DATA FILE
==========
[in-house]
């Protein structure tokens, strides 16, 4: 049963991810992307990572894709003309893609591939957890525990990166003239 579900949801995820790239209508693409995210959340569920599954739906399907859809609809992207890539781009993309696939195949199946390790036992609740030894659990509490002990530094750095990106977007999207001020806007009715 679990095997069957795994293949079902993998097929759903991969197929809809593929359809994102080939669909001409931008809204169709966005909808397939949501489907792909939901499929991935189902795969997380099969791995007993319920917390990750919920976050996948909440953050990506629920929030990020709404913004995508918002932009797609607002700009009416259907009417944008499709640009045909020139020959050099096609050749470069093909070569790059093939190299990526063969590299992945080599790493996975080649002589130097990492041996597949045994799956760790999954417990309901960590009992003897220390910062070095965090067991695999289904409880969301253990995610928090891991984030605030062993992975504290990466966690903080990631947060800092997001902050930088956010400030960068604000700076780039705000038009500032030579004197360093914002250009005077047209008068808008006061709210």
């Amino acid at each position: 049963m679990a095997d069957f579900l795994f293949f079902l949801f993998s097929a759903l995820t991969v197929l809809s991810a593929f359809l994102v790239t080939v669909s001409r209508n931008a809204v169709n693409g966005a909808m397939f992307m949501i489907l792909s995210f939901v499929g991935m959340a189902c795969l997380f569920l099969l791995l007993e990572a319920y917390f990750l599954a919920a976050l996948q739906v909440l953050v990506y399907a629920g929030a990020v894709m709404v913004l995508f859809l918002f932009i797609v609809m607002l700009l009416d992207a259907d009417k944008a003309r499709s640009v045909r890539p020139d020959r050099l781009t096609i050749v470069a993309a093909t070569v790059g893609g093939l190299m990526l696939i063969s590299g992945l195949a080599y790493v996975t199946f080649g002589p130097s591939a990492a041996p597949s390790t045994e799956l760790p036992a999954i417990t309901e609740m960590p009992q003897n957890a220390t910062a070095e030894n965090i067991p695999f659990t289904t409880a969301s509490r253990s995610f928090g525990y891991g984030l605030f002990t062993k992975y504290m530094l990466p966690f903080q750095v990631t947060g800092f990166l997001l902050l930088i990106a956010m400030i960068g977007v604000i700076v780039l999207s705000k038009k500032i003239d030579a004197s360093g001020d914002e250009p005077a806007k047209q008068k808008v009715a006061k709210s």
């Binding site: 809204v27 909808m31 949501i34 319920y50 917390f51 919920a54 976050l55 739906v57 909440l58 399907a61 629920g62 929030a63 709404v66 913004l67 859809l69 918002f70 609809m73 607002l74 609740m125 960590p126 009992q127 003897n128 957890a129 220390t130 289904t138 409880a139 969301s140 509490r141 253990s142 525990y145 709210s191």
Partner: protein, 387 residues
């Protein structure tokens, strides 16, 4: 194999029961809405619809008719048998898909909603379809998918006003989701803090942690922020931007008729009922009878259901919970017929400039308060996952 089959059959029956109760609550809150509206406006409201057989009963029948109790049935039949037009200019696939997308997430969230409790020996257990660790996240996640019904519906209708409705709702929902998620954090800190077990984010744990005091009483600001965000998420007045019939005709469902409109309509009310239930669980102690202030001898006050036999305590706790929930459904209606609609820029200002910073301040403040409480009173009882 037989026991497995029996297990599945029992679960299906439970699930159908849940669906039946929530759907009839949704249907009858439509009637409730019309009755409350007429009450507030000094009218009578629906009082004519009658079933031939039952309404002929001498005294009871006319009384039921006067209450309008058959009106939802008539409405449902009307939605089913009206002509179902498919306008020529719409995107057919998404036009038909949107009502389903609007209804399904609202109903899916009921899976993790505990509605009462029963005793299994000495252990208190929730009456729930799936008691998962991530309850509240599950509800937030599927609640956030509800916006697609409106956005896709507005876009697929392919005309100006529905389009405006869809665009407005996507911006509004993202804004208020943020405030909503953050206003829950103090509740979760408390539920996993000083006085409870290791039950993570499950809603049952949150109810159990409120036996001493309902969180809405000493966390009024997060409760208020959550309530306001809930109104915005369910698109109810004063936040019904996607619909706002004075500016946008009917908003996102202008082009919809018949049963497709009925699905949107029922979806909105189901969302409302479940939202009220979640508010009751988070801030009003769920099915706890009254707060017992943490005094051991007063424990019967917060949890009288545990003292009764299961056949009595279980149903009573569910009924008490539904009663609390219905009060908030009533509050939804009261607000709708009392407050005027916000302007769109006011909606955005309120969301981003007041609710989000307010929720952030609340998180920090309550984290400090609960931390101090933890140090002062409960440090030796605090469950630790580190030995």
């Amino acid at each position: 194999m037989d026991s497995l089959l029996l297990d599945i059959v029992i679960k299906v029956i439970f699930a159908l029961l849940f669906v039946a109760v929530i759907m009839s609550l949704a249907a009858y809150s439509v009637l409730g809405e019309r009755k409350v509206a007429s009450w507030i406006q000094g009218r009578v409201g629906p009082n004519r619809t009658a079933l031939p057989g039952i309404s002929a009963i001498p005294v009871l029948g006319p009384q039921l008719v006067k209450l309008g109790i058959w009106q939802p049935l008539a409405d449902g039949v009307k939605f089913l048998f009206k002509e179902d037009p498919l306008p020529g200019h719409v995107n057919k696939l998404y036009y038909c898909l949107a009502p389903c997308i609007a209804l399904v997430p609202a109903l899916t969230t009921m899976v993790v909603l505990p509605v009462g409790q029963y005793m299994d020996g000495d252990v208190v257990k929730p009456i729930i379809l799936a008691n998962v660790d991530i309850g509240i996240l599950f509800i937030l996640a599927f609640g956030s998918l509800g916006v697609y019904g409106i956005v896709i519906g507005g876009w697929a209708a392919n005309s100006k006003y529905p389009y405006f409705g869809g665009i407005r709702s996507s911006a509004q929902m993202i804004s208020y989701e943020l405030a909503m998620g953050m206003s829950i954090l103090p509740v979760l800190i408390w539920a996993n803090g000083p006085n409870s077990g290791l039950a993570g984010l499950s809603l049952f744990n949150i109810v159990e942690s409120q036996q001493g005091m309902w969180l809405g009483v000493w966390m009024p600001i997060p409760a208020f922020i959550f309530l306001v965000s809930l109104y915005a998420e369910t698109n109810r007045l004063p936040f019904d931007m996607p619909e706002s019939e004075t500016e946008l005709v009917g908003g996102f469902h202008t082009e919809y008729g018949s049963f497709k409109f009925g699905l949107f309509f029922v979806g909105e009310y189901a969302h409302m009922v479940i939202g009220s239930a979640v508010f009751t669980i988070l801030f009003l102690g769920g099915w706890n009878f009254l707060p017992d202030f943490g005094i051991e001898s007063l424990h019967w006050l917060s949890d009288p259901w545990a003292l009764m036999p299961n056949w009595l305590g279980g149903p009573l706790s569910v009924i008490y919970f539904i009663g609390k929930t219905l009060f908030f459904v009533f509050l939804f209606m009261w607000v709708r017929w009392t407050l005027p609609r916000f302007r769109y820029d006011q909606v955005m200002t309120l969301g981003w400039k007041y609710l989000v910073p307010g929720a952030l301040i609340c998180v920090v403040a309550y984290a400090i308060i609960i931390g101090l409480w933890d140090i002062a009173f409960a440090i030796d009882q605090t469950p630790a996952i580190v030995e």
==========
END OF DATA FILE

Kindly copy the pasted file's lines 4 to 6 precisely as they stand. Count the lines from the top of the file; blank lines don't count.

């Binding site: 809204v27 909808m31 949501i34 319920y50 917390f51 919920a54 976050l55 739906v57 909440l58 399907a61 629920g62 929030a63 709404v66 913004l67 859809l69 918002f70 609809m73 607002l74 609740m125 960590p126 009992q127 003897n128 957890a129 220390t130 289904t138 409880a139 969301s140 509490r141 253990s142 525990y145 709210s191």
Partner: protein, 387 residues
């Protein structure tokens, strides 16, 4: 194999029961809405619809008719048998898909909603379809998918006003989701803090942690922020931007008729009922009878259901919970017929400039308060996952 089959059959029956109760609550809150509206406006409201057989009963029948109790049935039949037009200019696939997308997430969230409790020996257990660790996240996640019904519906209708409705709702929902998620954090800190077990984010744990005091009483600001965000998420007045019939005709469902409109309509009310239930669980102690202030001898006050036999305590706790929930459904209606609609820029200002910073301040403040409480009173009882 037989026991497995029996297990599945029992679960299906439970699930159908849940669906039946929530759907009839949704249907009858439509009637409730019309009755409350007429009450507030000094009218009578629906009082004519009658079933031939039952309404002929001498005294009871006319009384039921006067209450309008058959009106939802008539409405449902009307939605089913009206002509179902498919306008020529719409995107057919998404036009038909949107009502389903609007209804399904609202109903899916009921899976993790505990509605009462029963005793299994000495252990208190929730009456729930799936008691998962991530309850509240599950509800937030599927609640956030509800916006697609409106956005896709507005876009697929392919005309100006529905389009405006869809665009407005996507911006509004993202804004208020943020405030909503953050206003829950103090509740979760408390539920996993000083006085409870290791039950993570499950809603049952949150109810159990409120036996001493309902969180809405000493966390009024997060409760208020959550309530306001809930109104915005369910698109109810004063936040019904996607619909706002004075500016946008009917908003996102202008082009919809018949049963497709009925699905949107029922979806909105189901969302409302479940939202009220979640508010009751988070801030009003769920099915706890009254707060017992943490005094051991007063424990019967917060949890009288545990003292009764299961056949009595279980149903009573569910009924008490539904009663609390219905009060908030009533509050939804009261607000709708009392407050005027916000302007769109006011909606955005309120969301981003007041609710989000307010929720952030609340998180920090309550984290400090609960931390101090933890140090002062409960440090030796605090469950630790580190030995």